In any case, I don’t know to what degree you may be interested in how this whole question relates to Baptist history, and ecclesiology among Baptists around the world. I am certainly not in agreement with everything written in the various papers from the symposium. But, there is definitely a lot of food for thought.

    If you are interested, and can find time to read through some of this, I would love to interact with you regarding your reaction to the various papers.

  3. 6-2-2007

    I believe that what Paul says is what all those believers actually are. They may not be acting like who they are, but that doesn’t change who they in reality are, as new creations, born again, having died with Christ and risen with Him. Their identity as saints, as those sanctified in Christ, is secure. Paul says to them, “you are Christ’s, and Christ is God’s.” (1 Cor 3:23).

    But their behavior is contrary to who they actually are. Extreme example: If I get down on all fours and scratch my belly with my feet and bark at the mailman, and lead my church in that way, I’m behaving like a dog, but I’m still a human. Paul’s words to me might be, “to the church of God which is in Waterloo, to those who have been born as human beings, called to be people…”

    Paul may have to speak to them “as babes in Christ,” but that’s not because they’re not sanctified or because they’re not saints. It’s because they’re not acting as who they are. They are behaving carnally. They are sanctified saints who are behaving carnally.

    I think Paul’s admonishments are a call for them to behave as who he knows them to be.

    He knows them to be as this:

    “You are already full! You are already rich!” (1 Cor 4:8). “But you were washed, but you were sanctified, but you were justified in the name of the Lord Jesus and by the Spirit of our God.” (1 Cor 6:11).

    All throughout the letter Paul builds them up in who they truly are (their real identity in Christ), and he admonishes them to not behave like who they used to be, but as who they now are.

    “I do not write these things to shame you, but as my beloved children I warn you.” (1 Cor 5:14).

    I think God would find many churches to be as this church in Corinth. However, are there many churches in which those who are “spiritual” are not just telling the people of the churches that they need to “change,” but who are, more importantly in my estimation, building them up in the reality of who they have already become in Christ?

  4. 6-2-2007

    Mike,

    I also like Fee’s commentary on 1 Corinthians. In 1 Cor. 1:2 though, I don’t see the subjectivity that Fee suggests. Paul does not say that the Corinthians ought to be sanctified and ought to be saints, Paul says they are sanctified and they are saints. I think Paul spends the remainder of the letter reminding them that they should live in that reality. I know that I don’t always live as a new creation, but that doesn’t mean that I am not a new creation.

    David,

    I probably won’t have time to read those papers. If I have a chance to read any of them, I’ll post about it. Thanks for pointing them out. Maybe someone else will be able to review them.

    Joel,

    I agree. The Corinthian believers now belonged to Christ, though they appeared to be living for themselves. I think the same thing happens to believers today.

    -Alan

  5. 6-2-2007

    Alan,

    I understand. I’m not sure when I will be able to finish reading through these myself, much less write about them.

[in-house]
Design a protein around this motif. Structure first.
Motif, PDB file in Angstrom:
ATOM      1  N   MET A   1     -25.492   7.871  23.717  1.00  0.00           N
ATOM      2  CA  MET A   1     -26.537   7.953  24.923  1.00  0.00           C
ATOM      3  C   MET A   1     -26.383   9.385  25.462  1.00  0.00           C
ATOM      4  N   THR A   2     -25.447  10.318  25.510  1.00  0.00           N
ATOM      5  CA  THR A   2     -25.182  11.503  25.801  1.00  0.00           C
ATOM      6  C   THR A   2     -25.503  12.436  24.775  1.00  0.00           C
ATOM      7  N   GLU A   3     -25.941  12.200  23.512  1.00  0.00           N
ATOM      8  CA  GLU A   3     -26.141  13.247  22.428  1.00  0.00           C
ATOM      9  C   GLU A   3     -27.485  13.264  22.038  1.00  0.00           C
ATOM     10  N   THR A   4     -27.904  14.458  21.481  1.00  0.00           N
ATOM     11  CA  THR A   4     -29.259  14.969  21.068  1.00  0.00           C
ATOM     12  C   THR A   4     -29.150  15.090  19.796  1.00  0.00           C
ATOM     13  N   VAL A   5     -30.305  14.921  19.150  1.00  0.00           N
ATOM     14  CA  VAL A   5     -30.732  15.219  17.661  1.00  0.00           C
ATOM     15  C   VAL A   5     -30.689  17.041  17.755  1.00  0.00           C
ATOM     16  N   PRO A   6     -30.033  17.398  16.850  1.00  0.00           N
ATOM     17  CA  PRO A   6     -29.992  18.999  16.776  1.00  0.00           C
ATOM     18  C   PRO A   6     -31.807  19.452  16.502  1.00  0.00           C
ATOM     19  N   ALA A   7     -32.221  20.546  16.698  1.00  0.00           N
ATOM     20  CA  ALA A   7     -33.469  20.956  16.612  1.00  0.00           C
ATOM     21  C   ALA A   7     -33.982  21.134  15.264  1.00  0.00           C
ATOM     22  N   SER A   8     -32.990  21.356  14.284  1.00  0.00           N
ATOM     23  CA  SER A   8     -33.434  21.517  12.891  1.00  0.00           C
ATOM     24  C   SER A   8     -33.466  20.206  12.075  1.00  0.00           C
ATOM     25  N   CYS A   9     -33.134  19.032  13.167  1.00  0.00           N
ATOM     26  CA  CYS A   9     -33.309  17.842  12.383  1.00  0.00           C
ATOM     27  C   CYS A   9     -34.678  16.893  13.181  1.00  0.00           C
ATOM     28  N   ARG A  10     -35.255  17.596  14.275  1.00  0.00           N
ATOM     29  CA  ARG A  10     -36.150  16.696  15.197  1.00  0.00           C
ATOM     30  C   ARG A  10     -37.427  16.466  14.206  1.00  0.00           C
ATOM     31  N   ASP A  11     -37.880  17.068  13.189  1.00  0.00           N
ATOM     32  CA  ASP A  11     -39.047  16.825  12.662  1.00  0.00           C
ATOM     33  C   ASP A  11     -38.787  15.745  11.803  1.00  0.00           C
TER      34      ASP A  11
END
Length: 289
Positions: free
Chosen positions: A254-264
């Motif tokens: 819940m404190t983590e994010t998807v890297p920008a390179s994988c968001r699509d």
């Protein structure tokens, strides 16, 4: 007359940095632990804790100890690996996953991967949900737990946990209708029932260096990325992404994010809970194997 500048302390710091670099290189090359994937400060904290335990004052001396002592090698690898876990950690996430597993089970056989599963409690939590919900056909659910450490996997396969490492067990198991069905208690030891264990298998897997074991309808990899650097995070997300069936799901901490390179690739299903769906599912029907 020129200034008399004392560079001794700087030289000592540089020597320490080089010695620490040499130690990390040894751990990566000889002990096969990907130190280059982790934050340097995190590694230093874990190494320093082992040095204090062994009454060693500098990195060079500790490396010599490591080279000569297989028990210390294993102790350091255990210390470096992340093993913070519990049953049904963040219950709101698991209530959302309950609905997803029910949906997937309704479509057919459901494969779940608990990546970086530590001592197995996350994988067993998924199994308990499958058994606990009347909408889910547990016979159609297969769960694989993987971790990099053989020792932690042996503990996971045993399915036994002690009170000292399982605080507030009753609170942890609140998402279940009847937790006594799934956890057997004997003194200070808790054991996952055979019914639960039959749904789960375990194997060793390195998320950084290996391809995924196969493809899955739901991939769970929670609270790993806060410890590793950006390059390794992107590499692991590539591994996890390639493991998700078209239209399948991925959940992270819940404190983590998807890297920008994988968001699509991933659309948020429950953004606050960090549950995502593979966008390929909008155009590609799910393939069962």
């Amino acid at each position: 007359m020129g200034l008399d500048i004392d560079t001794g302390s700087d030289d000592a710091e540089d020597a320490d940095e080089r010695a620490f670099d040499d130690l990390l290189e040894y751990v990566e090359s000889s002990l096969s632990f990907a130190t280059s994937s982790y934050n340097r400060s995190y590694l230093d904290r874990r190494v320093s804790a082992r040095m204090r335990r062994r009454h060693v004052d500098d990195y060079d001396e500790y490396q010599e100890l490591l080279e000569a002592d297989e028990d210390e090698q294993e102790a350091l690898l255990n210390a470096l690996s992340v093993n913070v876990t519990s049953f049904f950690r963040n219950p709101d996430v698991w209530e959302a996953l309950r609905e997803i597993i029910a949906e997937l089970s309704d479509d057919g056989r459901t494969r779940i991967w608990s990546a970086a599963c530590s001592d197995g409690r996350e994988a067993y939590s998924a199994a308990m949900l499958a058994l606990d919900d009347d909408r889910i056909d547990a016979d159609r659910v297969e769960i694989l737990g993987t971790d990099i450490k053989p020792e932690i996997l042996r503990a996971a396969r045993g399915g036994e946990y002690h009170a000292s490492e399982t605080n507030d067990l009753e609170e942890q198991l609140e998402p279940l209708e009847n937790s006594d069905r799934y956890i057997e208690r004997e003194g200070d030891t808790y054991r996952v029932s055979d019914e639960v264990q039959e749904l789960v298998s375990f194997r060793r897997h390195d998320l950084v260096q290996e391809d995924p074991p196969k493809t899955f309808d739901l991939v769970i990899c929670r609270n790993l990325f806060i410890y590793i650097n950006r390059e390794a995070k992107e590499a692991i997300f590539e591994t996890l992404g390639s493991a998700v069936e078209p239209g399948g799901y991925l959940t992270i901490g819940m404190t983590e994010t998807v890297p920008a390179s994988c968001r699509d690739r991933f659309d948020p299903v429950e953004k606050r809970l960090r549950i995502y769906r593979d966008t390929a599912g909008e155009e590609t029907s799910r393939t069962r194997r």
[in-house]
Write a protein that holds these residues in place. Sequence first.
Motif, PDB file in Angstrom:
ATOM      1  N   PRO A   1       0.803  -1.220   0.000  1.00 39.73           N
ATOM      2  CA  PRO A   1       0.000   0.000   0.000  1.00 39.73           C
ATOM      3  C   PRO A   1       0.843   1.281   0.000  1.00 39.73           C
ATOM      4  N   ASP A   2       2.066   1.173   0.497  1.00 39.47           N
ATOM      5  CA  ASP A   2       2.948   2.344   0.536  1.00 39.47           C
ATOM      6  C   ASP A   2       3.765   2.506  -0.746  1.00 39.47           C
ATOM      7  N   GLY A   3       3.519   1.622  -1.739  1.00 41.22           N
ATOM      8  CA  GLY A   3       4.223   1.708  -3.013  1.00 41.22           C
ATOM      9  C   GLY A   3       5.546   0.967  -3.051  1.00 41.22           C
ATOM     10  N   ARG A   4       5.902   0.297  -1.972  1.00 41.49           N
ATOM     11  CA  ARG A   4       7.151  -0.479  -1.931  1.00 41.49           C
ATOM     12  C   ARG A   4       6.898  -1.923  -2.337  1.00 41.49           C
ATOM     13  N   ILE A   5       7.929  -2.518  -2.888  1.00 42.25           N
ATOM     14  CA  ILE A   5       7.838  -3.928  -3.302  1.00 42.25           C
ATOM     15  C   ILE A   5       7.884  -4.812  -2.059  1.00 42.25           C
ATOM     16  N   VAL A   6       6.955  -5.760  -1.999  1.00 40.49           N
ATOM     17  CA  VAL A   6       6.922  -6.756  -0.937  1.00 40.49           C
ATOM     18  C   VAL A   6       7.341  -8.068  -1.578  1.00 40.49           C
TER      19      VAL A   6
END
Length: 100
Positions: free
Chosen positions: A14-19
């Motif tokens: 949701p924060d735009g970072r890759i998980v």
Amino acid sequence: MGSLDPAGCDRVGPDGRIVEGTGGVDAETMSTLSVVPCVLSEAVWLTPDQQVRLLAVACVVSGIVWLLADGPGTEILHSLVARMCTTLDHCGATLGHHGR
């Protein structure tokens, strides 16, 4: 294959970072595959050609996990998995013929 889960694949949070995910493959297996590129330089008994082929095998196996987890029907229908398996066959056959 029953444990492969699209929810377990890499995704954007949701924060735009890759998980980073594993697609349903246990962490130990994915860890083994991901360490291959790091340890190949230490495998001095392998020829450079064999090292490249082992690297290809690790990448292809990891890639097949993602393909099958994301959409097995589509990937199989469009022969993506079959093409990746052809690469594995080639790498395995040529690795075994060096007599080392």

There are some really interesting insights about how Baptists in the States have come to have such a strong view on the autonomy of the local church, though.

  6. 6-2-2007

    Getting back to the city church point, it’s finally getting to resonate with me a bit.

    One crucial element that I see in trying to bring this about in our culture is beginning to have fellowship among pastors. (At least, I hope you’re not suggesting that the city church meet as a whole under one senior pastor in a 40,000-seat stadium every week. I’m guessing not.)

    Many pastors get edgy around other pastors because it turns into a competition regarding church size, doctrine, influence, etc. I’m fortunate to be a member of a pastors’ fellowship that includes 12-15 pastors and ministry leaders from our area. It’s wildly diverse from within an evangelical perspective (Church of Christ non-inst, Conservative Baptist, Vineyard, SBC, among others). We meet for the purpose of spiritual growth, renewal and fellowship. It’s pretty amazing when it works.

  7. 6-2-2007

    David Rogers,

    Thanks for understanding. Hopefully, I will be able to read some of the papers.

    David Regier,

    I think that pastors fellowshiping together is great. Hopefully, they will encourage all believers in an area to fellowship together as well.

    -Alan

  8. 6-3-2007

    You write, “However, it may be interesting to wonder how God sees the church in your city. Does he see splintered groups, or, like in Corinth, does he recognize the church in your city as made up of those whom Christ has sanctified and called holy?”

    More and more I am convinced there in God’s eyes there is only ONE church per city/region. We are the ones who splintered his Body into separate groups that do not relate to one another. I believe “church” takes place on one’s local level where we interact closely with one another, but at the same time we are “church” along with everyone else in our city and need to understand all these other churches are not separate from us, but are a part of us. This is where the 5-fold ministries come to play a huge role that is all but neglected and forgotten by today’s city churches. There are some gifted a,p,e,p,t who belong to the whole city, and not just to a local gathering of believers.